Q3 2017 Core Report (Flipbook)

Wichita Core Report 2017 Q3

RETAIL Delano Downtown Old Town Douglas Design District

Heart of WICHITA

Though retail is expanding along the suburban areas of the city, Wichita’s downtown continues to thrive. Revitalization and reimagining of older buildings have brought more life to the core than it has seen in some years. Major factors such as preparation for hosting the 2018 and 2021 NCAA Men’s Basketball Championship first and second round have contributed to this. Restaurants dominate the market and more development is planned. However, retail shops such as boutiques and home décor stores have continued to open, particularly in the Delano and Douglas Design districts. Community inspired retail reflecting local culture and carrying local products continues to succeed. Other thriving local business include breweries and distilleries. Efforts to make the core region more “walkable” have been well-accepted. The first ICT Open Streets event in September was a huge success. The event closed traffic on Douglas from Delano to College Hill, allowing community members to run, walk or bike along the normally busy avenue. Renovations are coming to Delano; these include adding streetscapes and pedestrian paths in hopes to continue increasing foot traffic. In addition, Gallery Alley and the Pop-Up Park have contributed to the growing outdoor life in the center of the city. The city’s commitment to revitalizing the core seems to be paying off, as renewed interest and excitement has been brought to Wichita’s four central regions.

The Delano District has been put back on the map recently. The city is focusing on developing the space around the Arkansas River and sees Delano as an essential part of Wichita’s

future. The city council announced a project to remodel Lawrence Dumont Stadium and revitalize

the Delano area. EPC Real Estate out of Kansas City

plans to begin construction on a mixed-use development late next year featuring apartments, 5,000 square feet of Class A commercial space and a Marriott-flagged hotel. Construction continues on the River Vista apartments and the new Advanced Learning Library. The plan is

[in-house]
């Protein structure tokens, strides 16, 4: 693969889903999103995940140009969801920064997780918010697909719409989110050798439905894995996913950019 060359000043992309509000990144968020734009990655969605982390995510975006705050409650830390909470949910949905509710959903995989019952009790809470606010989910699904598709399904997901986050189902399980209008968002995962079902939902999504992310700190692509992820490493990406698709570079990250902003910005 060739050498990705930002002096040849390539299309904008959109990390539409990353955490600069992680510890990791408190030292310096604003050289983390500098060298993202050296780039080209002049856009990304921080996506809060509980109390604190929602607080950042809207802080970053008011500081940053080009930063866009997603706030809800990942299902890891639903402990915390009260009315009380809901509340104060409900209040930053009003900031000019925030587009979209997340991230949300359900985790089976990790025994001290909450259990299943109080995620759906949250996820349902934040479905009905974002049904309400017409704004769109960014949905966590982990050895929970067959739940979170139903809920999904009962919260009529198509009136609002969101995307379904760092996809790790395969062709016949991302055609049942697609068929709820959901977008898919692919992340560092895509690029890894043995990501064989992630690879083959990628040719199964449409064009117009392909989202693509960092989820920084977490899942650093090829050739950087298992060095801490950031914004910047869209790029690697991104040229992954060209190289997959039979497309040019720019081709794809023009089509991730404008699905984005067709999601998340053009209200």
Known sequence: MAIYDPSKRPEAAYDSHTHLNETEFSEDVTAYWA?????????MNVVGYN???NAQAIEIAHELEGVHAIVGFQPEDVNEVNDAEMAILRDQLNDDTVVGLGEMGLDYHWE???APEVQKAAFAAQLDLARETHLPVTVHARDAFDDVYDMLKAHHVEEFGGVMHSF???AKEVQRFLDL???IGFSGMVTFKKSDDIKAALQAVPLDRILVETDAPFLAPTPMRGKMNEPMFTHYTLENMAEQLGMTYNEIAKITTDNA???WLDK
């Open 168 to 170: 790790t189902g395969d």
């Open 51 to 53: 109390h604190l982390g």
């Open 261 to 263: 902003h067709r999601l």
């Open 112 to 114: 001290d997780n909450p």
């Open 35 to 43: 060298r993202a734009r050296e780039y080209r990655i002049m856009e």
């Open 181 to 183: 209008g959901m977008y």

to use the EPC Delano development to bridge the gap between the Delano commercial district and the advanced learning library. An average Class B space in Delano is asking rates around $10 per square foot (triple net).

68 NUMBER OF SPACES

273,346 INVENTORY SQUARE FEE T

50,282 18.4% VACANC Y RATE VACANT SQUARE FEE T

DELANO PROJECTS

• Hutton Construction New Headquarters: The company announced plans to construct a 30,000 square foot office building and a parking garage near Sycamore and Oak. • Lawrence Dumont Stadium Remodel: The city council approved the designation of $29.5 million towards the renovation of the stadium and the surrounding area.

Downtown has seen numerous changes in the past year. The Douglas Luxury Apartments are finishing their lease-up phase. More apartments are coming to downtown after the conversions of the former USD 259 offices, the former Broadway Autopark and the Market Centre building. Next year a mixed-use development is expected to begin

construction across from Intrust Bank Arena. In 2018, 6,000 square feet of Class A commercial space will be coming to downtown along with the 120-room Hilton Garden Inn hotel. Residential space in the downtown area has increased significantly in the past five years and with new multifamily projects underway, it is likely to continue increasing. This expansion will likely spur further retail expansion. Older downtown spaces have asking rents around $10 per square foot, while newer properties are asking $14+ per square foot (triple net).